The Everything Trap | Software Branding

Save some for later rather than stuffing yourself now.

January 6, 2021

In order to create an awesome brand, you have to build something for somebody. More specifically, you have to help this person solve a specific problem. Where software runs in to trouble is when they try to build everything into their first version.

For example, Mailchimp started out as email building software. That's it. They killed it and were then able to expand into new offerings that helped their users solve more problems like direct mail and marketing.

If they'd tried including all of those offerings from the onset, users would have been confused, it would have been extremely difficult to position the brand, and it would have been way harder to get up and running. It's like trying to jump to the top of the staircase when there are ten steps in between. It's a recipe for chipping your teeth and getting your ass kicked by an inanimate object.

The point? Avoid the everything trap.

Everyone -> someone.

Everything -> something.

You can always expand your services, but you never get to make another first impression.

More you say?

Bath/Kitchen Remodel

The one thing you could invest in to make your startup more likable.

4.10.2020

No, you're not going to remodel the kitchen in your startup. This is an analogy. You see, when you renovate your house to increase its value, there are two areas most recommended: the kitchen and the bathroom. Doing this adds the greatest increase to a home's value.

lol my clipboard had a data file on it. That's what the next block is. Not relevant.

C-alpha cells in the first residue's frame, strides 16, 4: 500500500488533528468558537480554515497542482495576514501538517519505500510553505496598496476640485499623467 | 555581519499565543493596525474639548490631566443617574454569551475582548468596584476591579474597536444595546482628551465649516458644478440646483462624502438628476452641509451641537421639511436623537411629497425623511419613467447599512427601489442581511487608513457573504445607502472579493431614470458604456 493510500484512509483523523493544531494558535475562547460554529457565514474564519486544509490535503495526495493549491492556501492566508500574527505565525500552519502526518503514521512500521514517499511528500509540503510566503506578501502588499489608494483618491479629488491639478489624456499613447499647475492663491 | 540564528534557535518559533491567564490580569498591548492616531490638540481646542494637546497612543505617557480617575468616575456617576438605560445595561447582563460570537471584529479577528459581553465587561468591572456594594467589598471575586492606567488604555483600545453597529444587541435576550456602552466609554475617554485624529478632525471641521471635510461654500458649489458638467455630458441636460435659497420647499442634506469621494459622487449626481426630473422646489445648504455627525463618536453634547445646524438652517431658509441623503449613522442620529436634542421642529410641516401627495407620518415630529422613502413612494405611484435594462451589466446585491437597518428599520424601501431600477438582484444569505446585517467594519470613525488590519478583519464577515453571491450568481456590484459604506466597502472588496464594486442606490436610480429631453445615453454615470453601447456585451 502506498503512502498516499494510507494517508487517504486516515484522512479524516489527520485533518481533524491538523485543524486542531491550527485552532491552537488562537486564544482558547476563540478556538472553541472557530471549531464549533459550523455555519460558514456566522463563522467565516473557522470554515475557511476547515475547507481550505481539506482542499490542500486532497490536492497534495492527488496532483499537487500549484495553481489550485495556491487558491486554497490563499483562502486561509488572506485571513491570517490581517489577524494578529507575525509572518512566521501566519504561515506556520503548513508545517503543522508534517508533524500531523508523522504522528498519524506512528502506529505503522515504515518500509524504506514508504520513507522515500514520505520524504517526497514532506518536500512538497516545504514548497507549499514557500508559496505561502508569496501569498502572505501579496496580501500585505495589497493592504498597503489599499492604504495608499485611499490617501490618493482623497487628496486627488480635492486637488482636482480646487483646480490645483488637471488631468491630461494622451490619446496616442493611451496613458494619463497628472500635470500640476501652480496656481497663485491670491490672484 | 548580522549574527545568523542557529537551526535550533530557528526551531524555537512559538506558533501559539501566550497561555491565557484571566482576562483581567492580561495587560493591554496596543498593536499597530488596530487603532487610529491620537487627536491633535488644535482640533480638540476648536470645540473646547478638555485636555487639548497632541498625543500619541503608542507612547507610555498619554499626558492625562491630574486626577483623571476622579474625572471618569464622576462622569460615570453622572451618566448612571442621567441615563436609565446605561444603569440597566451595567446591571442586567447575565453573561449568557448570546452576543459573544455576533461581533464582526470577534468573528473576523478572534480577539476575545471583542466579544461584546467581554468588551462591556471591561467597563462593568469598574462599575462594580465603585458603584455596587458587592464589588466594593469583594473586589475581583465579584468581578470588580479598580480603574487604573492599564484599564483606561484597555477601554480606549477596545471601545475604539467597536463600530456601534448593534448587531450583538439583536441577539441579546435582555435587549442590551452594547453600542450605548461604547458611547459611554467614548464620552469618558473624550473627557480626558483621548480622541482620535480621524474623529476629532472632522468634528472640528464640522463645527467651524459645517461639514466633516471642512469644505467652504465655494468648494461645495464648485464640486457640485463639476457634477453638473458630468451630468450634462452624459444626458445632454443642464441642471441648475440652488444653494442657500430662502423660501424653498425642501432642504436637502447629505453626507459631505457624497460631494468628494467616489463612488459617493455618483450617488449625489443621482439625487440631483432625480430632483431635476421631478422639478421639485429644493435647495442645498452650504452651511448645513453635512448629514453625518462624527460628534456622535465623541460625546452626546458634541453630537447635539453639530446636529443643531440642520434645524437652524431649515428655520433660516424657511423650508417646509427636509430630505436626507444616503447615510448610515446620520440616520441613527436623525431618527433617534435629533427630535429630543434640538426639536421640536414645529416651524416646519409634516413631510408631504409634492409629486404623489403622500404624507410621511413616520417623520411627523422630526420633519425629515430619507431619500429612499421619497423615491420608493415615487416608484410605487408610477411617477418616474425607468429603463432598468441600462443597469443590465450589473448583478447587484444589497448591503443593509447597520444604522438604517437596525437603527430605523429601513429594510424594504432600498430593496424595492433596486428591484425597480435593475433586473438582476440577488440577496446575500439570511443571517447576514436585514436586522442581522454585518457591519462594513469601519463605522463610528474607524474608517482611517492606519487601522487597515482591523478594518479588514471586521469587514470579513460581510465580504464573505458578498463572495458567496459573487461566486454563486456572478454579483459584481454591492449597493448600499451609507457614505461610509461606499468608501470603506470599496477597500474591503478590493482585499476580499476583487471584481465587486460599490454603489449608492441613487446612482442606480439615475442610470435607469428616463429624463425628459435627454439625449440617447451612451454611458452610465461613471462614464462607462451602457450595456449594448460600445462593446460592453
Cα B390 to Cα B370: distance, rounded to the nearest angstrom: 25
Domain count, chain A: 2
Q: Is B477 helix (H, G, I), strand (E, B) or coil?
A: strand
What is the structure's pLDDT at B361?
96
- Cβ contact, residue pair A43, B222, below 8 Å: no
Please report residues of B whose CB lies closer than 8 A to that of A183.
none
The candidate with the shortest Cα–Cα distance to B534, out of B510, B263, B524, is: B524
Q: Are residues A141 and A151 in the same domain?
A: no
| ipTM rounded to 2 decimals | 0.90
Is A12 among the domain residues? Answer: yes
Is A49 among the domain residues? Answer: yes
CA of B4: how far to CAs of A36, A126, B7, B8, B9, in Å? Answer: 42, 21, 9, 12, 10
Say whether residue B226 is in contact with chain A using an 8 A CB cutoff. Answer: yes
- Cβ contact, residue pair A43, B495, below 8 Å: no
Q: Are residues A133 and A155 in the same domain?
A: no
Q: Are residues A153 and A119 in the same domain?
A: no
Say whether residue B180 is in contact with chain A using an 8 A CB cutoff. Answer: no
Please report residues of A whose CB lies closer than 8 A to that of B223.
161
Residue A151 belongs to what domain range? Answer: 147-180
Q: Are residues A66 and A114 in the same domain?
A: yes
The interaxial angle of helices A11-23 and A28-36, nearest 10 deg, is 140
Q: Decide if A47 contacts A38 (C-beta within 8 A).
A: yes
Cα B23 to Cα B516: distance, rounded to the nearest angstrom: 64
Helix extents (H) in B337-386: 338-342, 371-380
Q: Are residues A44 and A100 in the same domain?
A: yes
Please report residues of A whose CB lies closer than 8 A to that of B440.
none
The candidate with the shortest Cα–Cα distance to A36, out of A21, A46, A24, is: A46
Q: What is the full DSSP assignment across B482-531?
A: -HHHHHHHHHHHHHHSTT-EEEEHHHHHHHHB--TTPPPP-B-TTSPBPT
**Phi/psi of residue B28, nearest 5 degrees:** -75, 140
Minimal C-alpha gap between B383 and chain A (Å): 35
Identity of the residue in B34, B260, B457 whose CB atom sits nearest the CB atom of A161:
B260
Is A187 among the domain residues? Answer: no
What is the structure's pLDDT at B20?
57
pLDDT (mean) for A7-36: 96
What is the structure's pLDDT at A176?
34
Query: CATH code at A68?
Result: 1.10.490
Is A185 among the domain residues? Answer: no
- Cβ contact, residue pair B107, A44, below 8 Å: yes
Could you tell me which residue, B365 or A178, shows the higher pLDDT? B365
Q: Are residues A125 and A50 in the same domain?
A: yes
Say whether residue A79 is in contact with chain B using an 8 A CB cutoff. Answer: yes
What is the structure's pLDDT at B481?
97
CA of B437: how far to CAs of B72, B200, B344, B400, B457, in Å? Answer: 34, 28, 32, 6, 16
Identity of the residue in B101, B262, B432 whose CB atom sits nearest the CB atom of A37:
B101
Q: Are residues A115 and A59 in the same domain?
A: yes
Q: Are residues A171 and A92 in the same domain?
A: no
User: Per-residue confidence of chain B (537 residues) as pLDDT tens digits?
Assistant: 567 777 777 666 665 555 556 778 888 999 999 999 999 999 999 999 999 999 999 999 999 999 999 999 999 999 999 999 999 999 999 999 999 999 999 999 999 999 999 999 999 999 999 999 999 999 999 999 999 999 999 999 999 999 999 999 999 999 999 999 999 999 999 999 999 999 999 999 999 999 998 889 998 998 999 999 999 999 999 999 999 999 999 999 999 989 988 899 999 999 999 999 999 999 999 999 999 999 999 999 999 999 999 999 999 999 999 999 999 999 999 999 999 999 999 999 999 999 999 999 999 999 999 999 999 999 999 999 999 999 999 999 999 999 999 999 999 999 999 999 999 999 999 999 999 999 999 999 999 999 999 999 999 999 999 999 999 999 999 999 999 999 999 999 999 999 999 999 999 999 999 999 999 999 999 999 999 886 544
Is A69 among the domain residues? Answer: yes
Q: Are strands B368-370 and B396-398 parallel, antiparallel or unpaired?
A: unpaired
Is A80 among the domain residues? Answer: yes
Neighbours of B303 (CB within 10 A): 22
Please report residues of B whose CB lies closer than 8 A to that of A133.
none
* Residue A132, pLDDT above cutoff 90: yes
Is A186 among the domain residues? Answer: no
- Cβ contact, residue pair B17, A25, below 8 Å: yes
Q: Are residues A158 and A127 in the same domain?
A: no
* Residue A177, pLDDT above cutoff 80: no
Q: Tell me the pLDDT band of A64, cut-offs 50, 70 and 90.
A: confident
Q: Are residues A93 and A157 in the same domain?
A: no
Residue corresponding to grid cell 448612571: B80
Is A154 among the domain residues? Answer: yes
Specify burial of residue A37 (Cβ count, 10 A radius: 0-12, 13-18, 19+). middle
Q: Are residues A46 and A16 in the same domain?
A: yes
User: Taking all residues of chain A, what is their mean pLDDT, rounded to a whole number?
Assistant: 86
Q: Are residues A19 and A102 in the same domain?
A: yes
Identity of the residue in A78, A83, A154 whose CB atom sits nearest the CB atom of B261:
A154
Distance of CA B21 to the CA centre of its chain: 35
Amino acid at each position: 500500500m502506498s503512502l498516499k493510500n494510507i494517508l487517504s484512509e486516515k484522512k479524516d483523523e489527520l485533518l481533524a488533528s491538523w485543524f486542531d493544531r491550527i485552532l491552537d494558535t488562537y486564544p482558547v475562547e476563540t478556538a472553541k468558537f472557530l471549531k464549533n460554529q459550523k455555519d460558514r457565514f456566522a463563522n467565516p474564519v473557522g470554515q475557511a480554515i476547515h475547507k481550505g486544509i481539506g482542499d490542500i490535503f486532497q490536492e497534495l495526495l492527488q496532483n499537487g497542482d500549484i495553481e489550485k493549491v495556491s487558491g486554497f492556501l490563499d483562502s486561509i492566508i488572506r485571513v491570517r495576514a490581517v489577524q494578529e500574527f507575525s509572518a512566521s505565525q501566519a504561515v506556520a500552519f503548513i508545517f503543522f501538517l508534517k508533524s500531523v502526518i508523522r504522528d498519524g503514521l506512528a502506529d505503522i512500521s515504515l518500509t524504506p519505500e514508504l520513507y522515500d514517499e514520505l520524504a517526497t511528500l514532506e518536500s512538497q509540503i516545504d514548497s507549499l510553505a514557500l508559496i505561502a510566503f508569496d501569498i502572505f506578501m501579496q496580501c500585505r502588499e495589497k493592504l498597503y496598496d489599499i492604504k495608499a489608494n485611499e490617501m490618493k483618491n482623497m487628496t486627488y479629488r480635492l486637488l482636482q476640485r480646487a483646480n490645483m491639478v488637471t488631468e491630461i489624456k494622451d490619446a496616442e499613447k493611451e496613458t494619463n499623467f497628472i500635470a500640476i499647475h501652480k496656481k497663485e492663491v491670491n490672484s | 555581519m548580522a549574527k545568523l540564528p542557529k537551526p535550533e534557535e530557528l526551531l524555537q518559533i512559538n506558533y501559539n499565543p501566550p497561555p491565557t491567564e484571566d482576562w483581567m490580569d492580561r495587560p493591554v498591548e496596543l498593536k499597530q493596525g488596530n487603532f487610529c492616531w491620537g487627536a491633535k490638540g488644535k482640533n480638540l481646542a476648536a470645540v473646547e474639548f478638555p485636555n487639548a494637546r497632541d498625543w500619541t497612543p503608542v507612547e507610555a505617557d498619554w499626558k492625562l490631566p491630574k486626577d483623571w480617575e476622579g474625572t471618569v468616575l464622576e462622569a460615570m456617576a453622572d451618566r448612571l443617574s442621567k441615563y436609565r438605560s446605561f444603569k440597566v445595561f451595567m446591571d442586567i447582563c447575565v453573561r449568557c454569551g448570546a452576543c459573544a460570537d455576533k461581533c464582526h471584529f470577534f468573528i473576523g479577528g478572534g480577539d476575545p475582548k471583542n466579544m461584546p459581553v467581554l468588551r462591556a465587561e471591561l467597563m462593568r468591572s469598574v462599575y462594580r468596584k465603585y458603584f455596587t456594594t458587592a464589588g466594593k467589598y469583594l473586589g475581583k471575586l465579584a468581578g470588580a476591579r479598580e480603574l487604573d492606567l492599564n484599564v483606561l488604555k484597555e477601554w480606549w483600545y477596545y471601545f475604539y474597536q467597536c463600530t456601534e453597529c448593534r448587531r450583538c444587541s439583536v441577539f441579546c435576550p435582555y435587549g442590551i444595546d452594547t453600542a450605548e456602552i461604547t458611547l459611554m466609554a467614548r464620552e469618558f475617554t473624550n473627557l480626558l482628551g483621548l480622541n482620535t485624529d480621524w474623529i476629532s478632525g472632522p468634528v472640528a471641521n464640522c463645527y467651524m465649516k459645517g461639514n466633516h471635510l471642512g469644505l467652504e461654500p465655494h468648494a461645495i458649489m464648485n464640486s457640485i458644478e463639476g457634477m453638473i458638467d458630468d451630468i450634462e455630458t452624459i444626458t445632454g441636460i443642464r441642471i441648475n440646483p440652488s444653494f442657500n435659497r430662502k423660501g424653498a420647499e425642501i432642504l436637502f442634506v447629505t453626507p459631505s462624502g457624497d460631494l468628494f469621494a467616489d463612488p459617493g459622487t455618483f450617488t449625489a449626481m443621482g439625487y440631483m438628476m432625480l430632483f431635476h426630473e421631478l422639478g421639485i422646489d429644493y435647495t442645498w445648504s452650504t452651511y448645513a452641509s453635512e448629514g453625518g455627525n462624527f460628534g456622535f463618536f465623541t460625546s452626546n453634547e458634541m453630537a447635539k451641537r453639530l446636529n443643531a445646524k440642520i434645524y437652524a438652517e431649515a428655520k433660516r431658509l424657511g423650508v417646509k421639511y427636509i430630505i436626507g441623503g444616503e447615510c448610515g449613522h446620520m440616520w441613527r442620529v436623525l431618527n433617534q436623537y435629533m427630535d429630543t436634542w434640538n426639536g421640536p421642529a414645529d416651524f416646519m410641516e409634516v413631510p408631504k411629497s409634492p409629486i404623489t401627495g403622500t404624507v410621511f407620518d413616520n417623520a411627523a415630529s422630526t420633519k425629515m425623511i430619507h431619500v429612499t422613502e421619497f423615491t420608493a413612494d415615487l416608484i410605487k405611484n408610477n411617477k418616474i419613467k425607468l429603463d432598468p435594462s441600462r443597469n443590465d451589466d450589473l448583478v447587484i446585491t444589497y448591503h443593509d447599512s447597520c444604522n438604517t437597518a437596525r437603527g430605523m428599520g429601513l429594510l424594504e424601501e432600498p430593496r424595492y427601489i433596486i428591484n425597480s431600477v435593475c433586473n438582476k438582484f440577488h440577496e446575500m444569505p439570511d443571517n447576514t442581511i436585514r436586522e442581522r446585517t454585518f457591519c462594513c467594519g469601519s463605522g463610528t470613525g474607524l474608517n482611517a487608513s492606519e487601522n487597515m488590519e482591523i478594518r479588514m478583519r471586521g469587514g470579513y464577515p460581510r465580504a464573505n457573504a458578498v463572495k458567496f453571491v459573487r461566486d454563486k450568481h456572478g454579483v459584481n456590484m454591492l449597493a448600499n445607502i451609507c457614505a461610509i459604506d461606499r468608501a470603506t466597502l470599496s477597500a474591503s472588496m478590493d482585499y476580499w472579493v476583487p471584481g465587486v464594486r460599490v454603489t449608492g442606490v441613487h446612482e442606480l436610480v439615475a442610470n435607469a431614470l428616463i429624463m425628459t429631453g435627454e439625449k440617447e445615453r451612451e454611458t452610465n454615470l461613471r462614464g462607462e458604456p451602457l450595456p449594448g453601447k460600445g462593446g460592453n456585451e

Is it out of the question to think that design could be the equivalent to increasing a startup? Not unlikely. I was at a pitch competition last month and all of the judges made comments on the design of the winning team's slides. How well they flowed, the ease of reading information, and the personality they added. There were other participants that had ideas just as good as theirs, but good design made them win.

Furthermore, in comparison to other things startups might do to increase their value, design isn't that expensive. A solo freelancer can make a run-down, scrappy startup look like it is worth millions for under $30,000. If it results in the recoup of millions in fundraising, that sounds like a drop in the bucket.

Here's the thing: if you're looking to tremendously increase the value of your startup, you might want to consider design as a starting point.

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Not So Superman

What does a superhuman alien impervious to external forces lack?

12.9.2019

When the Superman comics were first introduced in 1938, the hero was a success. Mainly because no such concept had been created or seen before. Superman represented humans in an ideal form, without fault and with extraordinary abilities. However, after a couple issues, you get kinda bored seeing him win all the time, it's as if there isn't anything worth challenging him on.

10 years later, the writers of Superman introduced kryptonite, the only material substance known to weaken Superman. This single foil within the character kept the series alive and gave him something to wrestle with. It made him more human and therefore more relatable.

The point is this, as a startup, you will have an urge to puff up your chest and broadcast yourself as impervious. Apart this being false, it makes it impossible for other humans to connect with you. Do a good job, strive for greatness, but never shy away from your imperfections. Your kryptonite is what makes people love you.

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